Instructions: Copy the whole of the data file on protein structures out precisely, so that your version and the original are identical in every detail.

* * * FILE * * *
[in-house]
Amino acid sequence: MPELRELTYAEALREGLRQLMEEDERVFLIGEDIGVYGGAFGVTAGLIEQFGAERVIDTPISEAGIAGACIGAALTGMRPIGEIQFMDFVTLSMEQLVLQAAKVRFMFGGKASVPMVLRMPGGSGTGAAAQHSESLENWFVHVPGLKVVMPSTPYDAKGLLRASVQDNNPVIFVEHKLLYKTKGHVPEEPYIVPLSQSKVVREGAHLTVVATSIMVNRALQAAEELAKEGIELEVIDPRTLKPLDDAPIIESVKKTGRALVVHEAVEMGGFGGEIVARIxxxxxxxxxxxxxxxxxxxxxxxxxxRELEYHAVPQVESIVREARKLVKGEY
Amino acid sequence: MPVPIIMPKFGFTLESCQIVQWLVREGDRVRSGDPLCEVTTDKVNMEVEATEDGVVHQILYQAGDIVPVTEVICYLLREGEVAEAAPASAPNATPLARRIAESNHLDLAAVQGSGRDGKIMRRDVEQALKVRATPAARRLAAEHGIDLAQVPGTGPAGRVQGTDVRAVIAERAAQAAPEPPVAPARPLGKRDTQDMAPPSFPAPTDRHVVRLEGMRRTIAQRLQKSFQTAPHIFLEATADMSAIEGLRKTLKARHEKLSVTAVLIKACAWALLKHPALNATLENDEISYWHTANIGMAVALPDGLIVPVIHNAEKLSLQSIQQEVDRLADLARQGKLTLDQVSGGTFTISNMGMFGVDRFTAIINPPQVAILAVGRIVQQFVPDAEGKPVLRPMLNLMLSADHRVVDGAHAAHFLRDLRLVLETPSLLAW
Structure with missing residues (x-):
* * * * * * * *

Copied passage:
[in-house]
Amino acid sequence: MPELRELTYAEALREGLRQLMEEDERVFLIGEDIGVYGGAFGVTAGLIEQFGAERVIDTPISEAGIAGACIGAALTGMRPIGEIQFMDFVTLSMEQLVLQAAKVRFMFGGKASVPMVLRMPGGSGTGAAAQHSESLENWFVHVPGLKVVMPSTPYDAKGLLRASVQDNNPVIFVEHKLLYKTKGHVPEEPYIVPLSQSKVVREGAHLTVVATSIMVNRALQAAEELAKEGIELEVIDPRTLKPLDDAPIIESVKKTGRALVVHEAVEMGGFGGEIVARIxxxxxxxxxxxxxxxxxxxxxxxxxxRELEYHAVPQVESIVREARKLVKGEY
Amino acid sequence: MPVPIIMPKFGFTLESCQIVQWLVREGDRVRSGDPLCEVTTDKVNMEVEATEDGVVHQILYQAGDIVPVTEVICYLLREGEVAEAAPASAPNATPLARRIAESNHLDLAAVQGSGRDGKIMRRDVEQALKVRATPAARRLAAEHGIDLAQVPGTGPAGRVQGTDVRAVIAERAAQAAPEPPVAPARPLGKRDTQDMAPPSFPAPTDRHVVRLEGMRRTIAQRLQKSFQTAPHIFLEATADMSAIEGLRKTLKARHEKLSVTAVLIKACAWALLKHPALNATLENDEISYWHTANIGMAVALPDGLIVPVIHNAEKLSLQSIQQEVDRLADLARQGKLTLDQVSGGTFTISNMGMFGVDRFTAIINPPQVAILAVGRIVQQFVPDAEGKPVLRPMLNLMLSADHRVVDGAHAAHFLRDLRLVLETPSLLAW
Structure with missing residues (x-):